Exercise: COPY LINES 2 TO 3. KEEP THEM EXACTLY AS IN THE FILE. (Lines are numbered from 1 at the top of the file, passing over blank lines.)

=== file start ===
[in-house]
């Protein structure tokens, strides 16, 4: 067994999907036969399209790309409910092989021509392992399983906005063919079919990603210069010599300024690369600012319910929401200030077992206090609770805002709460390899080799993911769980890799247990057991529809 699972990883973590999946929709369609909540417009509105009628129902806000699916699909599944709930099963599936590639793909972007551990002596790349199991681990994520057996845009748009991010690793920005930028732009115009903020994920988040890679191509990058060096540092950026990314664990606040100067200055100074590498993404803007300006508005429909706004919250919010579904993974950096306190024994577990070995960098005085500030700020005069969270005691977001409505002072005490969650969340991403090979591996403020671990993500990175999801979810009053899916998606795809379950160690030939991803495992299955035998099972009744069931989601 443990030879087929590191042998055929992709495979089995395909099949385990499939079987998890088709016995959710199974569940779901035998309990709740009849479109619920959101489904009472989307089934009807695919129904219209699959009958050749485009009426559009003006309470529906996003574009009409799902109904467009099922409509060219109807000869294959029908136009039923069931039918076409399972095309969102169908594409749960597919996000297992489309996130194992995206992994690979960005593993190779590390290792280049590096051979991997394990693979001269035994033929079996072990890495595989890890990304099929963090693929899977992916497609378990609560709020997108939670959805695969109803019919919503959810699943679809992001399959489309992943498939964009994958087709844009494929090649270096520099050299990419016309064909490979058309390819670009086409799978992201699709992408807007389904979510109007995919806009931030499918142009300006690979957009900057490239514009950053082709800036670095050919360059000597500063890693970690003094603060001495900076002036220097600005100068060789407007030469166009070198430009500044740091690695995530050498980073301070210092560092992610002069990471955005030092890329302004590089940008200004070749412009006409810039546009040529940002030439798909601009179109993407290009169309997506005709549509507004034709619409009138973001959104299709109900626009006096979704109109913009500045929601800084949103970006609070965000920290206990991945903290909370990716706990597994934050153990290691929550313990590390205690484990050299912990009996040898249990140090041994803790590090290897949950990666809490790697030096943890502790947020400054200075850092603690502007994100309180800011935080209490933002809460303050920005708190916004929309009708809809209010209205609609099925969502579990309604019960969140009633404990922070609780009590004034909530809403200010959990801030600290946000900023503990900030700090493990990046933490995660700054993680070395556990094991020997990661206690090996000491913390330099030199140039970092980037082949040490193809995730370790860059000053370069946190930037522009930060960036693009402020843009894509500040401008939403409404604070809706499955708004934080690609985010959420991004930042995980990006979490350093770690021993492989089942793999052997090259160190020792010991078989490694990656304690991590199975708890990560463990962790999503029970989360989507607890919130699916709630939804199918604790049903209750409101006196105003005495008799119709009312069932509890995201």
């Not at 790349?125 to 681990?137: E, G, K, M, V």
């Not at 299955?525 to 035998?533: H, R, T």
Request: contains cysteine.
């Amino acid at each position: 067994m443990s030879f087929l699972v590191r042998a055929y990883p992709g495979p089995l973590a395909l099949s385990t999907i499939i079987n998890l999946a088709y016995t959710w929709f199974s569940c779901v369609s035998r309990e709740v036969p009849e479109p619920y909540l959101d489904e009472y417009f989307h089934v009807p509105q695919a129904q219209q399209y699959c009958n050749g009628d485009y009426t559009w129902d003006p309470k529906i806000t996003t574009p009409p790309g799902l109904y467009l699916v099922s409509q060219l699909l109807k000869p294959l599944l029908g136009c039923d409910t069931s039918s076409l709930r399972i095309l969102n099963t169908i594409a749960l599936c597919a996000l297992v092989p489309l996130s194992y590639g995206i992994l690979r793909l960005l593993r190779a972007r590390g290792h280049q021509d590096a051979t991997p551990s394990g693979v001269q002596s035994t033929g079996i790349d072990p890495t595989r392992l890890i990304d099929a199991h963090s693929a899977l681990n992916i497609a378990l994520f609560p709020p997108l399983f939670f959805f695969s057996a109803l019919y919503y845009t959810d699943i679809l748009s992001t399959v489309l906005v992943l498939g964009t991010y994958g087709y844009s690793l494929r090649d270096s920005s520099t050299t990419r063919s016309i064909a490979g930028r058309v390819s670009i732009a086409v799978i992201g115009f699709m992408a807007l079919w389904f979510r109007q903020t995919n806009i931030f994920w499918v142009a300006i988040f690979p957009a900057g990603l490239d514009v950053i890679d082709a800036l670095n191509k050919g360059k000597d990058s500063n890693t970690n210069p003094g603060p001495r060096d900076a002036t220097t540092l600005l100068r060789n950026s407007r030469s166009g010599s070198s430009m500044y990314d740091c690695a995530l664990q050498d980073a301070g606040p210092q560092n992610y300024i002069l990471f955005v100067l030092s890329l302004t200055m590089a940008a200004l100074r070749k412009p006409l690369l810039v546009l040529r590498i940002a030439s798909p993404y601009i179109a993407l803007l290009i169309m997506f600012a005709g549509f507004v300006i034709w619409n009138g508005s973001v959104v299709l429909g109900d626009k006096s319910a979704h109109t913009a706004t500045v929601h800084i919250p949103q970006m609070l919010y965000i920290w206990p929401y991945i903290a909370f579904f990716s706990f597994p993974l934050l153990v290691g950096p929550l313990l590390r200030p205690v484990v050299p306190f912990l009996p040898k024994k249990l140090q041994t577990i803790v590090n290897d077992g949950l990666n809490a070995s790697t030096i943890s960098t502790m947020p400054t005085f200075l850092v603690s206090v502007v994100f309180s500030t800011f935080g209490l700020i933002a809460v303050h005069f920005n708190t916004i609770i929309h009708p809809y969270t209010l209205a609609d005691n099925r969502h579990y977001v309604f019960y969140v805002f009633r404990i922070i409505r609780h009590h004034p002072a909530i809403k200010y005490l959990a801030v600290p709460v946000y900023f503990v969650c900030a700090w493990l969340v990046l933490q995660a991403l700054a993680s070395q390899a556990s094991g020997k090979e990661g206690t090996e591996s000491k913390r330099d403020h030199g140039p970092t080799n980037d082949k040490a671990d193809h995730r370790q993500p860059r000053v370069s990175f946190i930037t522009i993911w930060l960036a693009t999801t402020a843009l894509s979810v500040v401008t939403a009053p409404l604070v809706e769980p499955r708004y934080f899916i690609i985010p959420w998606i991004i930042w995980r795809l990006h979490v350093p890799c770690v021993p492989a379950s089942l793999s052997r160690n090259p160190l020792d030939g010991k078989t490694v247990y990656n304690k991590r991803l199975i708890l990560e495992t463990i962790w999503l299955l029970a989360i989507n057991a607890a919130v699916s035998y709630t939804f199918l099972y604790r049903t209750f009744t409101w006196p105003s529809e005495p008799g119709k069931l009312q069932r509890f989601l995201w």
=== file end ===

């Protein structure tokens, strides 16, 4: 067994999907036969399209790309409910092989021509392992399983906005063919079919990603210069010599300024690369600012319910929401200030077992206090609770805002709460390899080799993911769980890799247990057991529809 699972990883973590999946929709369609909540417009509105009628129902806000699916699909599944709930099963599936590639793909972007551990002596790349199991681990994520057996845009748009991010690793920005930028732009115009903020994920988040890679191509990058060096540092950026990314664990606040100067200055100074590498993404803007300006508005429909706004919250919010579904993974950096306190024994577990070995960098005085500030700020005069969270005691977001409505002072005490969650969340991403090979591996403020671990993500990175999801979810009053899916998606795809379950160690030939991803495992299955035998099972009744069931989601 443990030879087929590191042998055929992709495979089995395909099949385990499939079987998890088709016995959710199974569940779901035998309990709740009849479109619920959101489904009472989307089934009807695919129904219209699959009958050749485009009426559009003006309470529906996003574009009409799902109904467009099922409509060219109807000869294959029908136009039923069931039918076409399972095309969102169908594409749960597919996000297992489309996130194992995206992994690979960005593993190779590390290792280049590096051979991997394990693979001269035994033929079996072990890495595989890890990304099929963090693929899977992916497609378990609560709020997108939670959805695969109803019919919503959810699943679809992001399959489309992943498939964009994958087709844009494929090649270096520099050299990419016309064909490979058309390819670009086409799978992201699709992408807007389904979510109007995919806009931030499918142009300006690979957009900057490239514009950053082709800036670095050919360059000597500063890693970690003094603060001495900076002036220097600005100068060789407007030469166009070198430009500044740091690695995530050498980073301070210092560092992610002069990471955005030092890329302004590089940008200004070749412009006409810039546009040529940002030439798909601009179109993407290009169309997506005709549509507004034709619409009138973001959104299709109900626009006096979704109109913009500045929601800084949103970006609070965000920290206990991945903290909370990716706990597994934050153990290691929550313990590390205690484990050299912990009996040898249990140090041994803790590090290897949950990666809490790697030096943890502790947020400054200075850092603690502007994100309180800011935080209490933002809460303050920005708190916004929309009708809809209010209205609609099925969502579990309604019960969140009633404990922070609780009590004034909530809403200010959990801030600290946000900023503990900030700090493990990046933490995660700054993680070395556990094991020997990661206690090996000491913390330099030199140039970092980037082949040490193809995730370790860059000053370069946190930037522009930060960036693009402020843009894509500040401008939403409404604070809706499955708004934080690609985010959420991004930042995980990006979490350093770690021993492989089942793999052997090259160190020792010991078989490694990656304690991590199975708890990560463990962790999503029970989360989507607890919130699916709630939804199918604790049903209750409101006196105003005495008799119709009312069932509890995201």
């Not at 790349?125 to 681990?137: E, G, K, M, V």